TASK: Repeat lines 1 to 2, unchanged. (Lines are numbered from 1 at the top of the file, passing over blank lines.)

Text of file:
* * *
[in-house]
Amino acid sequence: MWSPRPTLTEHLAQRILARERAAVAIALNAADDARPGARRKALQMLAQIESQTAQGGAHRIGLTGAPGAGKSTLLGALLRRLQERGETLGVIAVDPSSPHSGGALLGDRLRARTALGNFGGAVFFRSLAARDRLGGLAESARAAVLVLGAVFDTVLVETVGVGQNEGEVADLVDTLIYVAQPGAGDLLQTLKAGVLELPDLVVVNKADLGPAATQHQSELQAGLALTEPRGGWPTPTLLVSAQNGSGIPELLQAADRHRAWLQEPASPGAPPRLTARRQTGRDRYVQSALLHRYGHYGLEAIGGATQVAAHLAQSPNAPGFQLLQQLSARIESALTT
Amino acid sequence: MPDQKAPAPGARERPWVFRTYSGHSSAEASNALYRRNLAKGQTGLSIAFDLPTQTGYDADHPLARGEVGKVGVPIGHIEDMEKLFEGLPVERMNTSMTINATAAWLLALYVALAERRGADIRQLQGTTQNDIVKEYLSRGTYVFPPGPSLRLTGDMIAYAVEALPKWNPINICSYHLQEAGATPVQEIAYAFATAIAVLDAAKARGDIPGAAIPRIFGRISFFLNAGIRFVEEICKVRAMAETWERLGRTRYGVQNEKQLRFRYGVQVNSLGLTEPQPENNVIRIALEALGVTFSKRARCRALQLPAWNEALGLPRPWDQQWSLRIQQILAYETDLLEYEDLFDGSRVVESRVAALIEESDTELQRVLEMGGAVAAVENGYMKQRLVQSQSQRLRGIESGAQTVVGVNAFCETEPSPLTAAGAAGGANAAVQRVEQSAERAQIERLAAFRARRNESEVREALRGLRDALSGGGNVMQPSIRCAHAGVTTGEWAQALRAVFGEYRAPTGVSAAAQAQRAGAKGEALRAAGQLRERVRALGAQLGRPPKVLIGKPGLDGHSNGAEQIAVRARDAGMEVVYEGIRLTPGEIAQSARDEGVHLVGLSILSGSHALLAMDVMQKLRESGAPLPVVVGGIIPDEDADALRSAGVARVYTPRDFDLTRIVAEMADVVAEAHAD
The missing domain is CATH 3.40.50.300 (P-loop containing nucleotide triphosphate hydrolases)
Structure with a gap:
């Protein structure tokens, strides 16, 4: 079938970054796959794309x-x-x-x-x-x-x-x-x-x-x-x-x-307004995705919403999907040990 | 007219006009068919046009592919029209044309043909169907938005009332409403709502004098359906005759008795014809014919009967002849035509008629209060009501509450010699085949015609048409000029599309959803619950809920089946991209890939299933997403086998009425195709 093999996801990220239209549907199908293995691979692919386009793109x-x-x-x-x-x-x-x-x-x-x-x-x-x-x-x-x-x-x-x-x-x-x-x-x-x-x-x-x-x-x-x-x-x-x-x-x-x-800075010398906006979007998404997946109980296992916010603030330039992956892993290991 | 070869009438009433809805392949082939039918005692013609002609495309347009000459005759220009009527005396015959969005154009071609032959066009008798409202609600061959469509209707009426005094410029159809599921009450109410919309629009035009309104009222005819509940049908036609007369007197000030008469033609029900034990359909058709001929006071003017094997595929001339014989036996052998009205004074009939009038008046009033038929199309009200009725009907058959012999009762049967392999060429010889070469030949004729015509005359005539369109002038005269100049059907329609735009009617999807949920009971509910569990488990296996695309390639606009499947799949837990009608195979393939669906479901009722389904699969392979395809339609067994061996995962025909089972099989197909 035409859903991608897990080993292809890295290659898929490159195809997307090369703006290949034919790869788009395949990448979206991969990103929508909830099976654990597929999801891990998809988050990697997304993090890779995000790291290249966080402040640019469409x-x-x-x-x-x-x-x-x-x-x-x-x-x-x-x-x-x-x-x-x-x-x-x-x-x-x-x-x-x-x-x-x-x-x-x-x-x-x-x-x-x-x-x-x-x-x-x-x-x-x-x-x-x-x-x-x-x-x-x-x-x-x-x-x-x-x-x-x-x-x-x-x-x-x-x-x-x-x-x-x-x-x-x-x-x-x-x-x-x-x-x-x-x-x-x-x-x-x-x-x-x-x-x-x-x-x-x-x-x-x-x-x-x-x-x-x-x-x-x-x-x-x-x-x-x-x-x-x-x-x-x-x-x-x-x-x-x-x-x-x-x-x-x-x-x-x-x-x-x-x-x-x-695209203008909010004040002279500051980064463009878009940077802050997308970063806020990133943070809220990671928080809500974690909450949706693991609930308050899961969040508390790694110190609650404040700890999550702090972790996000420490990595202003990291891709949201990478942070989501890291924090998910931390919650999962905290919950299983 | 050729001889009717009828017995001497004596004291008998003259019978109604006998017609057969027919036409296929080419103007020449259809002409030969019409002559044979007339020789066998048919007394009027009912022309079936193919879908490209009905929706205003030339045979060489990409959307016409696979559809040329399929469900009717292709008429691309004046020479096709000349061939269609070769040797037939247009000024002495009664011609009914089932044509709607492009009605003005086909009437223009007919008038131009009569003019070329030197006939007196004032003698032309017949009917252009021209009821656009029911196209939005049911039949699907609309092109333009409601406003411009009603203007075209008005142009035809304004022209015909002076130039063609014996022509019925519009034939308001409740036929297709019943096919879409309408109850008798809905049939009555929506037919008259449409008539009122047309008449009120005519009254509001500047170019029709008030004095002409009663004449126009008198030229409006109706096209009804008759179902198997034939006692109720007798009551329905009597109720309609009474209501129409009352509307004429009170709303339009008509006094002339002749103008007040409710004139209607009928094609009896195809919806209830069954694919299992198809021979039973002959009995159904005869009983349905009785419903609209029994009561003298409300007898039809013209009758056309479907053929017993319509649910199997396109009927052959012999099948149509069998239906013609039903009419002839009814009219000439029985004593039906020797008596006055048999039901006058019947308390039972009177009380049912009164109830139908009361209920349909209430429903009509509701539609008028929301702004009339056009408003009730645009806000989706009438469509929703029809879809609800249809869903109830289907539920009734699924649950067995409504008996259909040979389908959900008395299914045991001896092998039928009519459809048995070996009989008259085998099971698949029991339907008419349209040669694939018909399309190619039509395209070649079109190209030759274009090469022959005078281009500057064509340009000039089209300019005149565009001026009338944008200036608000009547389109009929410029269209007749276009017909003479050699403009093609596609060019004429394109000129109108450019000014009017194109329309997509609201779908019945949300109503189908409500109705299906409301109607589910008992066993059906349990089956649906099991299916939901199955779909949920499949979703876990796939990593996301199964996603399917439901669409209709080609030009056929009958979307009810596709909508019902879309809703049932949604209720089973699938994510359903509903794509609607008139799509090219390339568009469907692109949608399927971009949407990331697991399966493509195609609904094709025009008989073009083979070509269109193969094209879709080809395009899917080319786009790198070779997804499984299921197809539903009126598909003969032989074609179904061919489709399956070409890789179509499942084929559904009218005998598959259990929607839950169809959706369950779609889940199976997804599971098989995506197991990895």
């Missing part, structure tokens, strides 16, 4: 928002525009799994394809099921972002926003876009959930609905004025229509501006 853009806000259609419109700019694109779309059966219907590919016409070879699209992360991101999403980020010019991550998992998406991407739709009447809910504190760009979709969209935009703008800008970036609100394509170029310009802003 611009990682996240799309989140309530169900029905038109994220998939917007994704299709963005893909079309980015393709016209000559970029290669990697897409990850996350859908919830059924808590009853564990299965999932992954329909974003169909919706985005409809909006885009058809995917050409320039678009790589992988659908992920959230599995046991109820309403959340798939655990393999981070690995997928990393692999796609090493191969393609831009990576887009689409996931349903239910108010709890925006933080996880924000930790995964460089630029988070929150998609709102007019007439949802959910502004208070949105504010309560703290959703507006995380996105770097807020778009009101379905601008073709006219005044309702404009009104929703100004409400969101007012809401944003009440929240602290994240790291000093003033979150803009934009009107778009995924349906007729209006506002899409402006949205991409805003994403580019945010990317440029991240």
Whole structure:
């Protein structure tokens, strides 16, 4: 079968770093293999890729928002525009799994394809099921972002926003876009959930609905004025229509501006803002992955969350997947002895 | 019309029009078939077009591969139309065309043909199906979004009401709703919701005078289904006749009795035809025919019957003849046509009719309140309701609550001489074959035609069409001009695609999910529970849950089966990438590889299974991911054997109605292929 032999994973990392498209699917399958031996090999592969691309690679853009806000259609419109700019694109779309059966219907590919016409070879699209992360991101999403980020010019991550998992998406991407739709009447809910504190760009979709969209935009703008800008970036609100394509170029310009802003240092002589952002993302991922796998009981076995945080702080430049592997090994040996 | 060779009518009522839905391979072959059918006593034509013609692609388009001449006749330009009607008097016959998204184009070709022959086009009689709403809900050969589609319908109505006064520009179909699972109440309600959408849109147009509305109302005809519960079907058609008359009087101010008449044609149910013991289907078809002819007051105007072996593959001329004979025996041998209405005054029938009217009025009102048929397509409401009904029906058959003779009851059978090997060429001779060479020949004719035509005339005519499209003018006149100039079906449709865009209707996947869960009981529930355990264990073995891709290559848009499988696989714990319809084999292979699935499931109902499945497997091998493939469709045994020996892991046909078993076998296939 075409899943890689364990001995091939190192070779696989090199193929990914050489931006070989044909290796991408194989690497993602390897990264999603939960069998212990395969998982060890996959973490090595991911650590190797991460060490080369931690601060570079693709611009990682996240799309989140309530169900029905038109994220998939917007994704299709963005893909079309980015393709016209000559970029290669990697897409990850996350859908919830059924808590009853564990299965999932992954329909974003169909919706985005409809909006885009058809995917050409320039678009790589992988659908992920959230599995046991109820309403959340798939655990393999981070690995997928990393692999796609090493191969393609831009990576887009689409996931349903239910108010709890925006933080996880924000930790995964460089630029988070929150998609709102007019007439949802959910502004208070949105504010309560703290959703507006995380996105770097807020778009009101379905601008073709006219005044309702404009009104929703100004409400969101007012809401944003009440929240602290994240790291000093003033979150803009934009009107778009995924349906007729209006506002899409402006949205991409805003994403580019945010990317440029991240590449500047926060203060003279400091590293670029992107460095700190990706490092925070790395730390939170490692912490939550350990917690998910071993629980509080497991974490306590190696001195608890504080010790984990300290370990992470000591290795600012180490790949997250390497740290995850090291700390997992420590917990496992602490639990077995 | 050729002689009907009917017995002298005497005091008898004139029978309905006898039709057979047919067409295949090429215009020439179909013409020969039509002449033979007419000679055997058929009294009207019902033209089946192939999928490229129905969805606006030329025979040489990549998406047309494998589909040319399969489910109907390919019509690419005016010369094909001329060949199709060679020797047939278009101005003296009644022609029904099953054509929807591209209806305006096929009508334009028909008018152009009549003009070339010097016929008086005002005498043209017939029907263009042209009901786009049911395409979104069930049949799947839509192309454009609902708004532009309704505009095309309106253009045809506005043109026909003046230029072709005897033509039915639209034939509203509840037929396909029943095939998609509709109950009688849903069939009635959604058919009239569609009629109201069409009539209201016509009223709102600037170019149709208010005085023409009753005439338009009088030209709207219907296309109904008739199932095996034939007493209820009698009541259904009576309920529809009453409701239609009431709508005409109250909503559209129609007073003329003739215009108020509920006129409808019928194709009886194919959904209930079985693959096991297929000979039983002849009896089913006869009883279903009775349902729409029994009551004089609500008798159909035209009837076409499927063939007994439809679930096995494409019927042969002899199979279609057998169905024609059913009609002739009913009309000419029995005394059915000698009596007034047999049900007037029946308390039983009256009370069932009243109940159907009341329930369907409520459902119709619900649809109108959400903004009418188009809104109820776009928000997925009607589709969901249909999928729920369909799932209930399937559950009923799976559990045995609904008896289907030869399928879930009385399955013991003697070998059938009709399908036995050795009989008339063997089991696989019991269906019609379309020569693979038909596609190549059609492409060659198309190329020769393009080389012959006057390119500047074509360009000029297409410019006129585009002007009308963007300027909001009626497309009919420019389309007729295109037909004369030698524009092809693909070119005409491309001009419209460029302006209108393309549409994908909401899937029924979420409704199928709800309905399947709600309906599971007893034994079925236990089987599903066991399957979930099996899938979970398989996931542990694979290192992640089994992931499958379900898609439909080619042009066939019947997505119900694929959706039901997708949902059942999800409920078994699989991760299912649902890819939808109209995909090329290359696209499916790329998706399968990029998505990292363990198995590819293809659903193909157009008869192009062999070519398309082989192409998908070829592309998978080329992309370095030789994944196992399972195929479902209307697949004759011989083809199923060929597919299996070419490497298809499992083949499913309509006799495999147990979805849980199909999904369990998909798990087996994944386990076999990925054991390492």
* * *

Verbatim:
[in-house]
Amino acid sequence: MWSPRPTLTEHLAQRILARERAAVAIALNAADDARPGARRKALQMLAQIESQTAQGGAHRIGLTGAPGAGKSTLLGALLRRLQERGETLGVIAVDPSSPHSGGALLGDRLRARTALGNFGGAVFFRSLAARDRLGGLAESARAAVLVLGAVFDTVLVETVGVGQNEGEVADLVDTLIYVAQPGAGDLLQTLKAGVLELPDLVVVNKADLGPAATQHQSELQAGLALTEPRGGWPTPTLLVSAQNGSGIPELLQAADRHRAWLQEPASPGAPPRLTARRQTGRDRYVQSALLHRYGHYGLEAIGGATQVAAHLAQSPNAPGFQLLQQLSARIESALTT